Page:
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Objective Advice Needed—New Member
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peterf



Joined: 12 Aug 2010
Posts: 18

PostPosted: Mon Sep 06, 2010 9:49 pm    Post subject: Reply with quote

Thanks again to everyone for all the suggestions and help. I was gone last week but had a moment tonight to try out the new optics on the same subject. It was a different plant of course but the results now are much more along the lines of what I expect to see. This was a really quick stack of 70 images in Zerene with a bit of noise reduction and about the same sharpening as the last batch. I did not put the work into it I normally would because I was in a hurry to see the difference but am happily ready to move forward at a more serious level after seeing the results. I would be very interested to hear your opinions and if you agree with me that these are adequately convincing images, albeit sloppily executed...



100% Crops

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Chris S.
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Joined: 05 Apr 2009
Posts: 3481
Location: Ohio, USA

PostPosted: Mon Sep 06, 2010 9:52 pm    Post subject: Reply with quote

Ahhhhh, that's more like it!

That's the 4X, right?

--Chris
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peterf



Joined: 12 Aug 2010
Posts: 18

PostPosted: Mon Sep 06, 2010 10:12 pm    Post subject: Reply with quote

The 4X, indeed. Do you approve?

Thanks again Chris.
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Chris S.
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Joined: 05 Apr 2009
Posts: 3481
Location: Ohio, USA

PostPosted: Mon Sep 06, 2010 10:26 pm    Post subject: Reply with quote

You betcha! And I've no doubt you have a big grin on your face. . . .

For the rest of the forum, I told Peter that two of my favorite lenses are the Nikon N Plan CF Apochromat 4/.20 and the Nikon N Plan CF 10/0.30. Peter doesn't waste time--he went and bought a copy of each. That's good glass, and from the looks of things, well handled. I'm looking forward to seeing more.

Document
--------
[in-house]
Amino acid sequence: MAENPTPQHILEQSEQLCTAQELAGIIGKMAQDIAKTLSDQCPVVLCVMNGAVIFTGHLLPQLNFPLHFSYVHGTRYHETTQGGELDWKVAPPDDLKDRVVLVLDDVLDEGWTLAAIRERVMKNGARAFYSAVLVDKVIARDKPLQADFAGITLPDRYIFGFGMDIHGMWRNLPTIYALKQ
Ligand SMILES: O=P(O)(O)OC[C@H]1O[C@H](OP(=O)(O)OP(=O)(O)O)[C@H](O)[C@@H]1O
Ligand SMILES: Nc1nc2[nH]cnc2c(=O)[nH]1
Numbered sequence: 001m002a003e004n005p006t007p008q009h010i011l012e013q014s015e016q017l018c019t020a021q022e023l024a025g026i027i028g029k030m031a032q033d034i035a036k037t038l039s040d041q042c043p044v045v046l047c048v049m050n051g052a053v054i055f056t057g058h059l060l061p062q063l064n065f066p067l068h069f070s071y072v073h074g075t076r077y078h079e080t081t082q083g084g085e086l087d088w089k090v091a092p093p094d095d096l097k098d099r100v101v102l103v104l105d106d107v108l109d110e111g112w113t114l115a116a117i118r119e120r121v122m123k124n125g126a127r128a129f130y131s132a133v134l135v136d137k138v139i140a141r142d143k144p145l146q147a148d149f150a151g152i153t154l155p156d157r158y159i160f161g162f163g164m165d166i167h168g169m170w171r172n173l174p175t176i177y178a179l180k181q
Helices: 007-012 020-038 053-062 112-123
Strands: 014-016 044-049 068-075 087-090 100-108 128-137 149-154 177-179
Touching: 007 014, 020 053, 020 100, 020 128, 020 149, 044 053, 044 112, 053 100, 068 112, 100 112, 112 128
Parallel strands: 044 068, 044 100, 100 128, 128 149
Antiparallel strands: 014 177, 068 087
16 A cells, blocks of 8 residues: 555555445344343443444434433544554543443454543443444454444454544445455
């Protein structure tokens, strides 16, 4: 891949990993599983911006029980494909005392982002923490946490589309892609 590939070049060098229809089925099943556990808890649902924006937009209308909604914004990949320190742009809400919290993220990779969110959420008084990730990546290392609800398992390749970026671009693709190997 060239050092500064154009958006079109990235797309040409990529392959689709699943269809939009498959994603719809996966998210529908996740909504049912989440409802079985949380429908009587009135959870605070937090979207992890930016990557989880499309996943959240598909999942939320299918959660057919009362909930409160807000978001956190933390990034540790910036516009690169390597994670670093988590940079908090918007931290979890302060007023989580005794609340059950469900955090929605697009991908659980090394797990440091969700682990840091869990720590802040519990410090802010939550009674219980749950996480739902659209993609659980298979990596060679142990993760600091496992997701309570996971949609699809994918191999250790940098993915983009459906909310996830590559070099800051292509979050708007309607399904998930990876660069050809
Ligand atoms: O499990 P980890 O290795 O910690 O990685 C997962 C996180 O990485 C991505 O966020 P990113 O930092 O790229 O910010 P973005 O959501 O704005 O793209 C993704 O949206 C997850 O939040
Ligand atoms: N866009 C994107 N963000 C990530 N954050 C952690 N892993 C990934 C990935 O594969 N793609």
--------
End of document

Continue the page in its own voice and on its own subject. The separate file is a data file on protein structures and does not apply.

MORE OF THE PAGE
Peter, I see you've also washed Moab off your sensor.

Cheers,

--Chris
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peterf



Joined: 12 Aug 2010
Posts: 18

PostPosted: Mon Sep 06, 2010 11:36 pm    Post subject: Reply with quote

It's mostly cleaned off yes but I hope to re-apply it here in a couple more weeks :-)

Now I need to work on a decent positioning fixture and have a closer look at the StackShot that Mr. Krebs posted. Positioning is a real challenge for me. I look through a lower power microscope to find the composition I desire and then try to duplicate that in front of the camera. I do this because of the great number and complexity of subjects and think I can cover more ground more quickly. I'm certain there is much in the forums regarding this and look forward to seeing others solutions to it.
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Craig Gerard



Joined: 01 May 2010
Posts: 2877
Location: Australia

PostPosted: Tue Sep 07, 2010 12:44 am    Post subject: Reply with quote

peterf wrote:
I'm certain there is much in the forums regarding this and look forward to seeing others solutions to it.


If you like to find or search for the composition, a vertical setup is more versatile; but that's just my opinion.
It is good practice to explore the subject under a stereoscope or equivalent; there may be, and usually are hidden surprises.

There are certainly many solutions:

Microscope Focus Blocks:
http://www.photomacrography.net/forum/viewtopic.php?t=2825 (additonal links by Charlie in the thread).
http://www.photomacrography.net/forum/viewtopic.php?t=6070

Velmex Unislide:
http://www.photomacrography.net/forum/viewtopic.php?t=9032&
http://www.photomacrography.net/forum/viewtopic.php?t=7123

Translation Stages ( Newport, Thorlabs, Parker Daedal and others):
http://www.photomacrography.net/forum/viewtopic.php?t=6290&start=0
http://www.photomacrography.net/forum/viewtopic.php?t=8958&start=0

Proxxon Milling Table:
http://www.photomacrography.net/forum/viewtopic.php?t=3895
http://www.photomacrography.net/forum/viewtopic.php?t=4137

StackShot by Cognysis:
http://www.photomacrography.net/forum/viewtopic.php?t=9547
http://www.photomacrography.net/forum/viewtopic.php?t=8930&postdays=0&postorder=asc&start=30

That should keep you busy for a little while (but there are more Smile )

Craig
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Chris S.
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Joined: 05 Apr 2009
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Location: Ohio, USA